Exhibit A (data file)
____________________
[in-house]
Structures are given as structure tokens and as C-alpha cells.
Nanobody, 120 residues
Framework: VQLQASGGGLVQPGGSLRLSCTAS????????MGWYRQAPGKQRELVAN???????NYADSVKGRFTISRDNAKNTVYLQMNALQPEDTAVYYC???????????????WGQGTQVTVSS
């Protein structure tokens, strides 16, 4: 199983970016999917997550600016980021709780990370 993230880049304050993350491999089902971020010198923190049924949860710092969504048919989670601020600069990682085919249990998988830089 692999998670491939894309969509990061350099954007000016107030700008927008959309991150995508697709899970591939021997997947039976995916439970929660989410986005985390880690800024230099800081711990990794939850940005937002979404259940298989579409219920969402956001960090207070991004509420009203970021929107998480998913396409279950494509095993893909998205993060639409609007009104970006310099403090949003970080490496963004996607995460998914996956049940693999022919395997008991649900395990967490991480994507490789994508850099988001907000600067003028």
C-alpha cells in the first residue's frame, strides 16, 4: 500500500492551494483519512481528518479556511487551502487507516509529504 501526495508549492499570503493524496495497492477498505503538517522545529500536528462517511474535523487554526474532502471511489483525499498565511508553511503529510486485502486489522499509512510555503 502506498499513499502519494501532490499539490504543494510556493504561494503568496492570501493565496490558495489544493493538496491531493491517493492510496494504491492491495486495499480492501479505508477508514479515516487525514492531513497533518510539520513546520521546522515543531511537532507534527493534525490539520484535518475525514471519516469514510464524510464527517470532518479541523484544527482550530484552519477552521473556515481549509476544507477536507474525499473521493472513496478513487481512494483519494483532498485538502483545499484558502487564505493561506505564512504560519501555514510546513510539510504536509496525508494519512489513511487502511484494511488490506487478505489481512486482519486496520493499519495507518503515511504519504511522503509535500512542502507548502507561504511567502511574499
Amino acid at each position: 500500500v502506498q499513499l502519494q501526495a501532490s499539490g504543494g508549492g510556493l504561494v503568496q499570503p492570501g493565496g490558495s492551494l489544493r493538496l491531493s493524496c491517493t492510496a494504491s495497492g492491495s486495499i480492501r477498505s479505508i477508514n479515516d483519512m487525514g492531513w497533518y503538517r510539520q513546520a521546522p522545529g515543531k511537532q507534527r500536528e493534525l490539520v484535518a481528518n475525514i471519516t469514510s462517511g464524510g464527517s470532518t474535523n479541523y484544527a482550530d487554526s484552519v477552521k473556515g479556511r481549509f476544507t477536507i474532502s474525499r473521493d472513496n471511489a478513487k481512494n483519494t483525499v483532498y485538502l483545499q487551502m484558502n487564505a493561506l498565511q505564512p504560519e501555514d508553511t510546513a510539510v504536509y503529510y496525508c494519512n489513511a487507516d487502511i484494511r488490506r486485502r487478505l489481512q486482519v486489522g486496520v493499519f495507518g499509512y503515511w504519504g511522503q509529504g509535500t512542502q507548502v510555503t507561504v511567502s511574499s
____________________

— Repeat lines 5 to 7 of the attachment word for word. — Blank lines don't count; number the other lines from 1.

């Protein structure tokens, strides 16, 4: 199983970016999917997550600016980021709780990370 993230880049304050993350491999089902971020010198923190049924949860710092969504048919989670601020600069990682085919249990998988830089 692999998670491939894309969509990061350099954007000016107030700008927008959309991150995508697709899970591939021997997947039976995916439970929660989410986005985390880690800024230099800081711990990794939850940005937002979404259940298989579409219920969402956001960090207070991004509420009203970021929107998480998913396409279950494509095993893909998205993060639409609007009104970006310099403090949003970080490496963004996607995460998914996956049940693999022919395997008991649900395990967490991480994507490789994508850099988001907000600067003028």
C-alpha cells in the first residue's frame, strides 16, 4: 500500500492551494483519512481528518479556511487551502487507516509529504 501526495508549492499570503493524496495497492477498505503538517522545529500536528462517511474535523487554526474532502471511489483525499498565511508553511503529510486485502486489522499509512510555503 502506498499513499502519494501532490499539490504543494510556493504561494503568496492570501493565496490558495489544493493538496491531493491517493492510496494504491492491495486495499480492501479505508477508514479515516487525514492531513497533518510539520513546520521546522515543531511537532507534527493534525490539520484535518475525514471519516469514510464524510464527517470532518479541523484544527482550530484552519477552521473556515481549509476544507477536507474525499473521493472513496478513487481512494483519494483532498485538502483545499484558502487564505493561506505564512504560519501555514510546513510539510504536509496525508494519512489513511487502511484494511488490506487478505489481512486482519486496520493499519495507518503515511504519504511522503509535500512542502507548502507561504511567502511574499
Amino acid at each position: 500500500v502506498q499513499l502519494q501526495a501532490s499539490g504543494g508549492g510556493l504561494v503568496q499570503p492570501g493565496g490558495s492551494l489544493r493538496l491531493s493524496c491517493t492510496a494504491s495497492g492491495s486495499i480492501r477498505s479505508i477508514n479515516d483519512m487525514g492531513w497533518y503538517r510539520q513546520a521546522p522545529g515543531k511537532q507534527r500536528e493534525l490539520v484535518a481528518n475525514i471519516t469514510s462517511g464524510g464527517s470532518t474535523n479541523y484544527a482550530d487554526s484552519v477552521k473556515g479556511r481549509f476544507t477536507i474532502s474525499r473521493d472513496n471511489a478513487k481512494n483519494t483525499v483532498y485538502l483545499q487551502m484558502n487564505a493561506l498565511q505564512p504560519e501555514d508553511t510546513a510539510v504536509y503529510y496525508c494519512n489513511a487507516d487502511i484494511r488490506r486485502r487478505l489481512q486482519v486489522g486496520v493499519f495507518g499509512y503515511w504519504g511522503q509529504g509535500t512542502q507548502v510555503t507561504v511567502s511574499s